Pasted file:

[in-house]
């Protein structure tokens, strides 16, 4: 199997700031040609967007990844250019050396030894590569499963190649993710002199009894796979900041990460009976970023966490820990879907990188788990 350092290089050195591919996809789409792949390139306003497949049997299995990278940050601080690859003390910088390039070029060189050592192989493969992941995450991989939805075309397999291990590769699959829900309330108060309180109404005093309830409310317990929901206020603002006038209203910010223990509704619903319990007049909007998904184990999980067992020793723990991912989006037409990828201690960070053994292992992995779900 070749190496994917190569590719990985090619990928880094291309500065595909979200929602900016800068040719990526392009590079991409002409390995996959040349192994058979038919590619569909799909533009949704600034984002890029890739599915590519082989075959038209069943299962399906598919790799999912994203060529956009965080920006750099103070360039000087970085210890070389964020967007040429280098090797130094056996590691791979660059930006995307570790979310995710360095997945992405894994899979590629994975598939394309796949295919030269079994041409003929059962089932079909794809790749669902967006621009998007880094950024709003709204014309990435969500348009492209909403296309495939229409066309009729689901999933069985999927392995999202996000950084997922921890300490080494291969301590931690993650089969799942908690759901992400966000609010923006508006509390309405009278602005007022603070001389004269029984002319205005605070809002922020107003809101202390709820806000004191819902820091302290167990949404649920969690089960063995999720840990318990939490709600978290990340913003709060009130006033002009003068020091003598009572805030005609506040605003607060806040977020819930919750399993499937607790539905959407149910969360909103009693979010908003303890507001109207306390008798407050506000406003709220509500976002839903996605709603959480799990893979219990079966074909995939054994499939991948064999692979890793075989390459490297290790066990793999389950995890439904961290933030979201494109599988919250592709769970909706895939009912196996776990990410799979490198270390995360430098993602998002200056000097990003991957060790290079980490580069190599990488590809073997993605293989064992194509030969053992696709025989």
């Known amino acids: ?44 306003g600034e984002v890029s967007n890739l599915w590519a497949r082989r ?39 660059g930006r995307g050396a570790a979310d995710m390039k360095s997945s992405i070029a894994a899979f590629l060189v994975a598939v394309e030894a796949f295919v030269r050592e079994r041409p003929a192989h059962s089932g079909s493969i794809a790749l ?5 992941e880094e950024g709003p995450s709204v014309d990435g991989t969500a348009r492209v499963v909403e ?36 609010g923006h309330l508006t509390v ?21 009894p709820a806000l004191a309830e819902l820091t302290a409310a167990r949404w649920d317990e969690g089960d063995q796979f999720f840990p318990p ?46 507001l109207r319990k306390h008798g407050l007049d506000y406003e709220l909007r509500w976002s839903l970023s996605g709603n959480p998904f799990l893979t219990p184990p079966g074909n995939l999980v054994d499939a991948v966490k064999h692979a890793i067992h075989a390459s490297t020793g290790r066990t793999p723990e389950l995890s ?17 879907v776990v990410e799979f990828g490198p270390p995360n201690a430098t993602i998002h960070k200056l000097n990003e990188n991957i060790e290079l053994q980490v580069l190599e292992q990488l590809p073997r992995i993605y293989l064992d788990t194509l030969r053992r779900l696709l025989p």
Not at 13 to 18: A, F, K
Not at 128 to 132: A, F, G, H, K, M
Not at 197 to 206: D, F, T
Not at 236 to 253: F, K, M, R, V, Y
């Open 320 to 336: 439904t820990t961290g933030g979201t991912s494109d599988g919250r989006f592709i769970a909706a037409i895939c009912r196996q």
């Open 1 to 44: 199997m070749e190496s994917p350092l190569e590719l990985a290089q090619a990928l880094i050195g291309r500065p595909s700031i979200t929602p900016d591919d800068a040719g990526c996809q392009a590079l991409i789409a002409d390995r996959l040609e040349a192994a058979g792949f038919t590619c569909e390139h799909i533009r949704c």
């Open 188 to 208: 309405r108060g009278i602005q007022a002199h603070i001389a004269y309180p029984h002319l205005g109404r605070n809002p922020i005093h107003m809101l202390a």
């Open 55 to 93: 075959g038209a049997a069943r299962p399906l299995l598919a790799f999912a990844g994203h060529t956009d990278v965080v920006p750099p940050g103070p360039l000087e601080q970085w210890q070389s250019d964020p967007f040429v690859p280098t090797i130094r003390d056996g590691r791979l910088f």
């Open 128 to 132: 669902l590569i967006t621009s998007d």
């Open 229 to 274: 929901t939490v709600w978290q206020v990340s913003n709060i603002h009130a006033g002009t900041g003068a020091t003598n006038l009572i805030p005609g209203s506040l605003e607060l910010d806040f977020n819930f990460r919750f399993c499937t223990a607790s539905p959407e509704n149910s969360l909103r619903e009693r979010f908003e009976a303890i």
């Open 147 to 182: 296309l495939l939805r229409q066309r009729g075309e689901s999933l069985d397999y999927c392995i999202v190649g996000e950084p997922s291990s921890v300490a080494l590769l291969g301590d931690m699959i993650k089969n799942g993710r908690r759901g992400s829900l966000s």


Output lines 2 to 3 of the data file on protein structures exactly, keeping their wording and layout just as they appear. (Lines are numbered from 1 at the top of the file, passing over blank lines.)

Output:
């Protein structure tokens, strides 16, 4: 199997700031040609967007990844250019050396030894590569499963190649993710002199009894796979900041990460009976970023966490820990879907990188788990 350092290089050195591919996809789409792949390139306003497949049997299995990278940050601080690859003390910088390039070029060189050592192989493969992941995450991989939805075309397999291990590769699959829900309330108060309180109404005093309830409310317990929901206020603002006038209203910010223990509704619903319990007049909007998904184990999980067992020793723990991912989006037409990828201690960070053994292992992995779900 070749190496994917190569590719990985090619990928880094291309500065595909979200929602900016800068040719990526392009590079991409002409390995996959040349192994058979038919590619569909799909533009949704600034984002890029890739599915590519082989075959038209069943299962399906598919790799999912994203060529956009965080920006750099103070360039000087970085210890070389964020967007040429280098090797130094056996590691791979660059930006995307570790979310995710360095997945992405894994899979590629994975598939394309796949295919030269079994041409003929059962089932079909794809790749669902967006621009998007880094950024709003709204014309990435969500348009492209909403296309495939229409066309009729689901999933069985999927392995999202996000950084997922921890300490080494291969301590931690993650089969799942908690759901992400966000609010923006508006509390309405009278602005007022603070001389004269029984002319205005605070809002922020107003809101202390709820806000004191819902820091302290167990949404649920969690089960063995999720840990318990939490709600978290990340913003709060009130006033002009003068020091003598009572805030005609506040605003607060806040977020819930919750399993499937607790539905959407149910969360909103009693979010908003303890507001109207306390008798407050506000406003709220509500976002839903996605709603959480799990893979219990079966074909995939054994499939991948064999692979890793075989390459490297290790066990793999389950995890439904961290933030979201494109599988919250592709769970909706895939009912196996776990990410799979490198270390995360430098993602998002200056000097990003991957060790290079980490580069190599990488590809073997993605293989064992194509030969053992696709025989």
């Known amino acids: ?44 306003g600034e984002v890029s967007n890739l599915w590519a497949r082989r ?39 660059g930006r995307g050396a570790a979310d995710m390039k360095s997945s992405i070029a894994a899979f590629l060189v994975a598939v394309e030894a796949f295919v030269r050592e079994r041409p003929a192989h059962s089932g079909s493969i794809a790749l ?5 992941e880094e950024g709003p995450s709204v014309d990435g991989t969500a348009r492209v499963v909403e ?36 609010g923006h309330l508006t509390v ?21 009894p709820a806000l004191a309830e819902l820091t302290a409310a167990r949404w649920d317990e969690g089960d063995q796979f999720f840990p318990p ?46 507001l109207r319990k306390h008798g407050l007049d506000y406003e709220l909007r509500w976002s839903l970023s996605g709603n959480p998904f799990l893979t219990p184990p079966g074909n995939l999980v054994d499939a991948v966490k064999h692979a890793i067992h075989a390459s490297t020793g290790r066990t793999p723990e389950l995890s ?17 879907v776990v990410e799979f990828g490198p270390p995360n201690a430098t993602i998002h960070k200056l000097n990003e990188n991957i060790e290079l053994q980490v580069l190599e292992q990488l590809p073997r992995i993605y293989l064992d788990t194509l030969r053992r779900l696709l025989p």